Words of Wisdom

  • There is value in the valley – Iyanla Vanzant. I have learned a lot during bad times, and been proud of my strength and ability to keep going when times are tough. I also really appreciate good times now after seeing what life can be like. I try to be grateful for something every single day, even bad ones.
  • When someone close to you suffers a loss, don’t avoid them because you don’t know what to say. This happened to me when my parents died tragically when I was in my teens. My friend group was nowhere to be seen, apart from one dear friend. Afterwards I found out it was because my friends did not know what to say. Fair enough, we were all teenagers. My friends were into parties and boys, and I was a ward of the state dealing with burial plots, wills, estate auctions, and medical bills.  But a simple ‘I’m sorry’ is all that was ever needed, If you feel you cannot say such simple words after a big tragedy, then ‘what can I do to help?’ (rather than the more common ‘let me know if you need anything’) will mean a great deal. Bring food, do a load of laundry. For me it would have been brilliant to go out with my friends and be a normal teenager just for one evening. Or for someone to give me a foot massage and make me dinner.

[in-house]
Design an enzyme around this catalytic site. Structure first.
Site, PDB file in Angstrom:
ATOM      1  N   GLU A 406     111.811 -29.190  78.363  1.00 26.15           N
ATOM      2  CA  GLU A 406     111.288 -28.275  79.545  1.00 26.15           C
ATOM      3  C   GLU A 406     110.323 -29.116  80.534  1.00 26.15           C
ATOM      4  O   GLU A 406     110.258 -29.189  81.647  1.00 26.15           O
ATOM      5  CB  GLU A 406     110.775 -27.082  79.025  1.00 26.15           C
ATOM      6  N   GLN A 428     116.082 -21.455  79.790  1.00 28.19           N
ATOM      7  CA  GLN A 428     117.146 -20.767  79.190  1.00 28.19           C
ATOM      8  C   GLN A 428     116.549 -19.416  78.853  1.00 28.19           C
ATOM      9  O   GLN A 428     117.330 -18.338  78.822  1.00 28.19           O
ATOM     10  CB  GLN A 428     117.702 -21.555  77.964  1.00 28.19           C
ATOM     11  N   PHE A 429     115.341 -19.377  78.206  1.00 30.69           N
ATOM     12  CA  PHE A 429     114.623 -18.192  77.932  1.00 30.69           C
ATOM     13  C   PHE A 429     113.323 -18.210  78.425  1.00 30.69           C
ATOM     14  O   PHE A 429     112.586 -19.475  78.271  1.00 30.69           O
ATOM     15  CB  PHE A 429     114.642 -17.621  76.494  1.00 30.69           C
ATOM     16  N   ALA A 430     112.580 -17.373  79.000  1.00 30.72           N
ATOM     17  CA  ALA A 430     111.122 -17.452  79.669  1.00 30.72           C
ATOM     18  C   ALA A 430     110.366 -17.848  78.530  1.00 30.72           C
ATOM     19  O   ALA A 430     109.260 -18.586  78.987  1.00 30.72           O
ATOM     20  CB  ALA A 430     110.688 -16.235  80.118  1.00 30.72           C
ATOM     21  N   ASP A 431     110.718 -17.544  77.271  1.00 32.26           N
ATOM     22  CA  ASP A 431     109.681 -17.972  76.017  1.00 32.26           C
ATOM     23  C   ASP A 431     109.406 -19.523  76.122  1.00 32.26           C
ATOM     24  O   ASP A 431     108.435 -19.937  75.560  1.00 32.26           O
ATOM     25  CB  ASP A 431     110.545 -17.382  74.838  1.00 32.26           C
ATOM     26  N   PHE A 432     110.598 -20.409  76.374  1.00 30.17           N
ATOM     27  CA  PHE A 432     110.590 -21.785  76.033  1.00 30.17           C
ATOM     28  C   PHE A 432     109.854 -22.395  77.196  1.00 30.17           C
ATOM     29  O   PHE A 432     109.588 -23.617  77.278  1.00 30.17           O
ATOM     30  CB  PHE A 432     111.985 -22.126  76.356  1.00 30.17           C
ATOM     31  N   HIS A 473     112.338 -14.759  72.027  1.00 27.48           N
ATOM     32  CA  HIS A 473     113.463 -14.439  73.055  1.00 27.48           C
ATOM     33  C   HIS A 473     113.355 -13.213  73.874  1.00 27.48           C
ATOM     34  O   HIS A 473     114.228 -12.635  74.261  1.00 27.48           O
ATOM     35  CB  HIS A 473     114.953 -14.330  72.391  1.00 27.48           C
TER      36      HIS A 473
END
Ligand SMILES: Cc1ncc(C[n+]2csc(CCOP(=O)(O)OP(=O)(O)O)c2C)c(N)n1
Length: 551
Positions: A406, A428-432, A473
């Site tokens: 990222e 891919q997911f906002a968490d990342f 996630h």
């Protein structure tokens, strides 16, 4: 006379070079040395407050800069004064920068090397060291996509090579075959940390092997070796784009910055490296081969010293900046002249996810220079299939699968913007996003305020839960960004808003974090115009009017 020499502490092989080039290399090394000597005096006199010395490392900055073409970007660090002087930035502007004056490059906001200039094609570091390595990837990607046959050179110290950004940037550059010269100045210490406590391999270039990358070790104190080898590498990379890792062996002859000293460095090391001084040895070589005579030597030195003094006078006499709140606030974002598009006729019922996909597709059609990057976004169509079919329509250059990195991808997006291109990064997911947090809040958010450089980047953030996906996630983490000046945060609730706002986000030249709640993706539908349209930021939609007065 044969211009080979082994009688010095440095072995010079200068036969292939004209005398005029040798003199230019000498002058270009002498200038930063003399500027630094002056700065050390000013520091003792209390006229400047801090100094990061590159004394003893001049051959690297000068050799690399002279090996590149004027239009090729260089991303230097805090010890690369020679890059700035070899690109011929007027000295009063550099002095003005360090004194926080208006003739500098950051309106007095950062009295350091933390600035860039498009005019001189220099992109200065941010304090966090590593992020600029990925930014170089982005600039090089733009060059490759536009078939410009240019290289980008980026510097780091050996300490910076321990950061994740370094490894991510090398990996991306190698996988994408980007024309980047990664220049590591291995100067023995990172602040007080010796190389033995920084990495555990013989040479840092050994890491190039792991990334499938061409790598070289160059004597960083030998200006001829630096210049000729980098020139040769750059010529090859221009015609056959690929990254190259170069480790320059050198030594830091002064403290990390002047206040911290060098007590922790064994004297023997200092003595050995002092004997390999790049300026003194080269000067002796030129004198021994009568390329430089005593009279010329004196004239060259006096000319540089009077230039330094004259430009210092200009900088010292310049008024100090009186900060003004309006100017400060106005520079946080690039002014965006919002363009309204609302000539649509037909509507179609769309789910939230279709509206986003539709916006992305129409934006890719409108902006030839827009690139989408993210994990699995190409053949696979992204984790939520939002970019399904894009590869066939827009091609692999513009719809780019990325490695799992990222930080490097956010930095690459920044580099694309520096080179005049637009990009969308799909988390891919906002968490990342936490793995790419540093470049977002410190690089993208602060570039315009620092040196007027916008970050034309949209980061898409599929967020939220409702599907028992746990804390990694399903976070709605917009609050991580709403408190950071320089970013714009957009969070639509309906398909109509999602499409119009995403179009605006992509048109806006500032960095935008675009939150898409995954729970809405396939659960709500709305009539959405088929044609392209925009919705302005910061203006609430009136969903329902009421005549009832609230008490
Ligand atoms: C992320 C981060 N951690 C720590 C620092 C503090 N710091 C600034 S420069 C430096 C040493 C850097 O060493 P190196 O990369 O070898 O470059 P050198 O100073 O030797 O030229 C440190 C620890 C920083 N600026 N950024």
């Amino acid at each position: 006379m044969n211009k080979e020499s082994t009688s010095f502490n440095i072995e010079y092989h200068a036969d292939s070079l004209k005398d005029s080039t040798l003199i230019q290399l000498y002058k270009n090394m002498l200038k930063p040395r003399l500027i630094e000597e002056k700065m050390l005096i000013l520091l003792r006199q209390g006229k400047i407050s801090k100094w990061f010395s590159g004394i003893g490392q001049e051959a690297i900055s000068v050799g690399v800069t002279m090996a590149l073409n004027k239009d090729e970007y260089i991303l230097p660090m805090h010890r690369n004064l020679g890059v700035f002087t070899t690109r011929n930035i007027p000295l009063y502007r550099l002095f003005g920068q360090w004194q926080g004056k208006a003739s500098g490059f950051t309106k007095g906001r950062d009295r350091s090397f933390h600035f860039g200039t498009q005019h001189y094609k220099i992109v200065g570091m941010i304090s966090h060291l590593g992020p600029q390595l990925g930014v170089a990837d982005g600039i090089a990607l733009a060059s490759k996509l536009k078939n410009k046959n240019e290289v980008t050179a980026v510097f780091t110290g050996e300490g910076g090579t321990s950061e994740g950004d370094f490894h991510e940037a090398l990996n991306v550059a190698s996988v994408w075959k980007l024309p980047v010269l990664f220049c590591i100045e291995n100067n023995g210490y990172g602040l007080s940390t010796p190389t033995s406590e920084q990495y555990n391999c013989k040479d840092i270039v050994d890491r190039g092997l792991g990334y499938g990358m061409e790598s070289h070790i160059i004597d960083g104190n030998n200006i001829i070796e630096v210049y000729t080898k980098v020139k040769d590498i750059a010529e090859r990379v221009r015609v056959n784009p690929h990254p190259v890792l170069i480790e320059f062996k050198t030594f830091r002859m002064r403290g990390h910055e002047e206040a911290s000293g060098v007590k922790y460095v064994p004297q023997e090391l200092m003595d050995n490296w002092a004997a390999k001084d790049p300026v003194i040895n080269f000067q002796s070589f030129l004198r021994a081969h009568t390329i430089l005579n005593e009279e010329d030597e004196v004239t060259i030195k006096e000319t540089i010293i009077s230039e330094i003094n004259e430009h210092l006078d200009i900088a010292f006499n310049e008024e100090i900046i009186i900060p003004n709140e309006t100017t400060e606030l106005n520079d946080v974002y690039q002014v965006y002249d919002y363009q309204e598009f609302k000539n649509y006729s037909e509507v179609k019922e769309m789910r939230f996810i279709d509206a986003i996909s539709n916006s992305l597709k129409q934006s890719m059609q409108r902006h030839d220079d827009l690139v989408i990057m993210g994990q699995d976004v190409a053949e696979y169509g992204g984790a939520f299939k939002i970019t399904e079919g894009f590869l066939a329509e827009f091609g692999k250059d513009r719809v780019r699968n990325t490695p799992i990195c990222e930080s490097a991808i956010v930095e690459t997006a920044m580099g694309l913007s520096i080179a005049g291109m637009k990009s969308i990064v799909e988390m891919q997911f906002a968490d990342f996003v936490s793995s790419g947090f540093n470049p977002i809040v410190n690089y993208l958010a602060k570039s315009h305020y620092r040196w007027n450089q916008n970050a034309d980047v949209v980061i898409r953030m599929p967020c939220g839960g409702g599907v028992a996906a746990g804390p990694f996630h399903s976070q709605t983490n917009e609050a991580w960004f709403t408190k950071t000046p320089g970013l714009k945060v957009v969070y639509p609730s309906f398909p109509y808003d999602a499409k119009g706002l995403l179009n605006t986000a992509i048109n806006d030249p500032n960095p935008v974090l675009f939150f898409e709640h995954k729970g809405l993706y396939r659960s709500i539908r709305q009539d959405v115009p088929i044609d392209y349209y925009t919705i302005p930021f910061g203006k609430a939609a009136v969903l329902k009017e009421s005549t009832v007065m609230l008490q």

• Worrying is like paying a debt you don’t owe. -Mark Twain
  • Compare and despair – Don’t compare yourself to others. Everyone is on a different path.

Author: Janet Carr

Fashion, beauty and animal loving language consultant from South Africa living in Stockholm, Sweden.

2 thoughts

  1. In such situations, I will often say “I don’t know what to say” and give my friend a hug. I also bring over soup.

  2. Thank you for this post, we often don’t know what to say but we can always say something when a friend is bereft. Even just a simple “I’m sorry for your loss, what do you need me to do for you?” can ease the pain and despair briefly

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